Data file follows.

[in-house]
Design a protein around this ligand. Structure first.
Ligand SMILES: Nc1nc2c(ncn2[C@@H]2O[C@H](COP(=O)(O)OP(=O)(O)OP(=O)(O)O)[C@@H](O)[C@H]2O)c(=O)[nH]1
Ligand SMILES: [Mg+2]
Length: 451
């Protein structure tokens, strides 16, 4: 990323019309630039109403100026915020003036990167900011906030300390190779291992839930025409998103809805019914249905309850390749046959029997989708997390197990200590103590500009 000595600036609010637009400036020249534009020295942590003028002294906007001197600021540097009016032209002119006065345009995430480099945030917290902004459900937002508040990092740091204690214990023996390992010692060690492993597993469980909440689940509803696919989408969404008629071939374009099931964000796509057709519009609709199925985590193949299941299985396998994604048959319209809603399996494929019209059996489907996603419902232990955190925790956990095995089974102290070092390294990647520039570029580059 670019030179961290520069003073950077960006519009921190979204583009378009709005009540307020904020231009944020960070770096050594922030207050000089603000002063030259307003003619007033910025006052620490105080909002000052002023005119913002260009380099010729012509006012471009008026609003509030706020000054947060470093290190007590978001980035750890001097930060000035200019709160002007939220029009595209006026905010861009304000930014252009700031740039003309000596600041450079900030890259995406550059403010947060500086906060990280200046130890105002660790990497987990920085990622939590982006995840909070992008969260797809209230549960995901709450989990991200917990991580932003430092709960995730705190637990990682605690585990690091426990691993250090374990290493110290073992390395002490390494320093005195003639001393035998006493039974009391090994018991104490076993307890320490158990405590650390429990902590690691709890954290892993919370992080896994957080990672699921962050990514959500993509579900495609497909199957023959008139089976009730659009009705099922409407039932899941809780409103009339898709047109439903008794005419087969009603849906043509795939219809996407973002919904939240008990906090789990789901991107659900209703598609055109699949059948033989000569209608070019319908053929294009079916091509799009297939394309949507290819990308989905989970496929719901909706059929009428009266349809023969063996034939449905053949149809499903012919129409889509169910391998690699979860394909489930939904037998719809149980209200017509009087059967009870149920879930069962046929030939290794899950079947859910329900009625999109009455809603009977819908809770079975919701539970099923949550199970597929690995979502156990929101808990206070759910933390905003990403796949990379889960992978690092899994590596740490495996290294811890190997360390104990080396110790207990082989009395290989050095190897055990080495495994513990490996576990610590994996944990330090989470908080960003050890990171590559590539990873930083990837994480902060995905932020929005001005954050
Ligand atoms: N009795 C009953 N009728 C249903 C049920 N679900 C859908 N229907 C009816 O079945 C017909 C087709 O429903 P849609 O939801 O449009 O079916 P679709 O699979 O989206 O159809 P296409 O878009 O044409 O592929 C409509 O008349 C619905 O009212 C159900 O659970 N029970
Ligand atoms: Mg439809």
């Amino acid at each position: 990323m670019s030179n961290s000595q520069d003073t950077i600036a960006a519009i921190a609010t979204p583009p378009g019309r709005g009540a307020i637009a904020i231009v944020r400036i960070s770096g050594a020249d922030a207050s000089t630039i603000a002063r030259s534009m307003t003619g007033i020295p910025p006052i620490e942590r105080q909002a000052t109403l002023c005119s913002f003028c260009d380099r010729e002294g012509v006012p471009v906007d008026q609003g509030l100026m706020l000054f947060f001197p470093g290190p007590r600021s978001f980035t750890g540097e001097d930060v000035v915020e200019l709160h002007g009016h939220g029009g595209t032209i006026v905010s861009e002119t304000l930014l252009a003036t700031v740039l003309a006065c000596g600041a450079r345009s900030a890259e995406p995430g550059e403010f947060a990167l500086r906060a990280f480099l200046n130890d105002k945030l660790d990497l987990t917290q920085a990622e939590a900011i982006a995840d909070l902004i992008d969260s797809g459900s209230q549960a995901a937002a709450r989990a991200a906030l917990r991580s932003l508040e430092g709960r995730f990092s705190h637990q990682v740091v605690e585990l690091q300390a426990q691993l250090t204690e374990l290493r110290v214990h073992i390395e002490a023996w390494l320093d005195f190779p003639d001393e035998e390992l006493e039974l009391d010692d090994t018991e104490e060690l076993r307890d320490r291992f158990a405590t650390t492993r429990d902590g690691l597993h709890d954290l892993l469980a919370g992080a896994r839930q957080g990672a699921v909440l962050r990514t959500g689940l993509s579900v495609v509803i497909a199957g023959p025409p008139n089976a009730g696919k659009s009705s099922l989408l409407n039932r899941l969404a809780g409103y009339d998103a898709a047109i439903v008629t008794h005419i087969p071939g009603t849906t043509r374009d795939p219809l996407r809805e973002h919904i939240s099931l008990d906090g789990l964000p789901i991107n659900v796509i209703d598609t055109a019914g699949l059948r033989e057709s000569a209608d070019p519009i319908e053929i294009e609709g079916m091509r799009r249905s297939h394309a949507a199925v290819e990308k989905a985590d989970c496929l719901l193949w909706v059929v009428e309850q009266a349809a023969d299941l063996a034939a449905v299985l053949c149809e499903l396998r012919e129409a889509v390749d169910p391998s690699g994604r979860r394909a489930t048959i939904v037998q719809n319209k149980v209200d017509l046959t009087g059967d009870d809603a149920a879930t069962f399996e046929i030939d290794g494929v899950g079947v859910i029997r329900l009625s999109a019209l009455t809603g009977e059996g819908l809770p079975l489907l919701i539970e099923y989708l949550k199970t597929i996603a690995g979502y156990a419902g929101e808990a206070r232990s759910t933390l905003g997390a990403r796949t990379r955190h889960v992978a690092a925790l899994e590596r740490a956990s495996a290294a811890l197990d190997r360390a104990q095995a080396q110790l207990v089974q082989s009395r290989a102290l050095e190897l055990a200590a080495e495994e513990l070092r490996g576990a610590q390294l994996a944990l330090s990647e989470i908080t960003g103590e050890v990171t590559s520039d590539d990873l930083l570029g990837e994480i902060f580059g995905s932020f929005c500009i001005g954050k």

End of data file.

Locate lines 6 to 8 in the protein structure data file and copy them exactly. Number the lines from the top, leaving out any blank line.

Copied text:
């Protein structure tokens, strides 16, 4: 990323019309630039109403100026915020003036990167900011906030300390190779291992839930025409998103809805019914249905309850390749046959029997989708997390197990200590103590500009 000595600036609010637009400036020249534009020295942590003028002294906007001197600021540097009016032209002119006065345009995430480099945030917290902004459900937002508040990092740091204690214990023996390992010692060690492993597993469980909440689940509803696919989408969404008629071939374009099931964000796509057709519009609709199925985590193949299941299985396998994604048959319209809603399996494929019209059996489907996603419902232990955190925790956990095995089974102290070092390294990647520039570029580059 670019030179961290520069003073950077960006519009921190979204583009378009709005009540307020904020231009944020960070770096050594922030207050000089603000002063030259307003003619007033910025006052620490105080909002000052002023005119913002260009380099010729012509006012471009008026609003509030706020000054947060470093290190007590978001980035750890001097930060000035200019709160002007939220029009595209006026905010861009304000930014252009700031740039003309000596600041450079900030890259995406550059403010947060500086906060990280200046130890105002660790990497987990920085990622939590982006995840909070992008969260797809209230549960995901709450989990991200917990991580932003430092709960995730705190637990990682605690585990690091426990691993250090374990290493110290073992390395002490390494320093005195003639001393035998006493039974009391090994018991104490076993307890320490158990405590650390429990902590690691709890954290892993919370992080896994957080990672699921962050990514959500993509579900495609497909199957023959008139089976009730659009009705099922409407039932899941809780409103009339898709047109439903008794005419087969009603849906043509795939219809996407973002919904939240008990906090789990789901991107659900209703598609055109699949059948033989000569209608070019319908053929294009079916091509799009297939394309949507290819990308989905989970496929719901909706059929009428009266349809023969063996034939449905053949149809499903012919129409889509169910391998690699979860394909489930939904037998719809149980209200017509009087059967009870149920879930069962046929030939290794899950079947859910329900009625999109009455809603009977819908809770079975919701539970099923949550199970597929690995979502156990929101808990206070759910933390905003990403796949990379889960992978690092899994590596740490495996290294811890190997360390104990080396110790207990082989009395290989050095190897055990080495495994513990490996576990610590994996944990330090989470908080960003050890990171590559590539990873930083990837994480902060995905932020929005001005954050
Ligand atoms: N009795 C009953 N009728 C249903 C049920 N679900 C859908 N229907 C009816 O079945 C017909 C087709 O429903 P849609 O939801 O449009 O079916 P679709 O699979 O989206 O159809 P296409 O878009 O044409 O592929 C409509 O008349 C619905 O009212 C159900 O659970 N029970
Ligand atoms: Mg439809």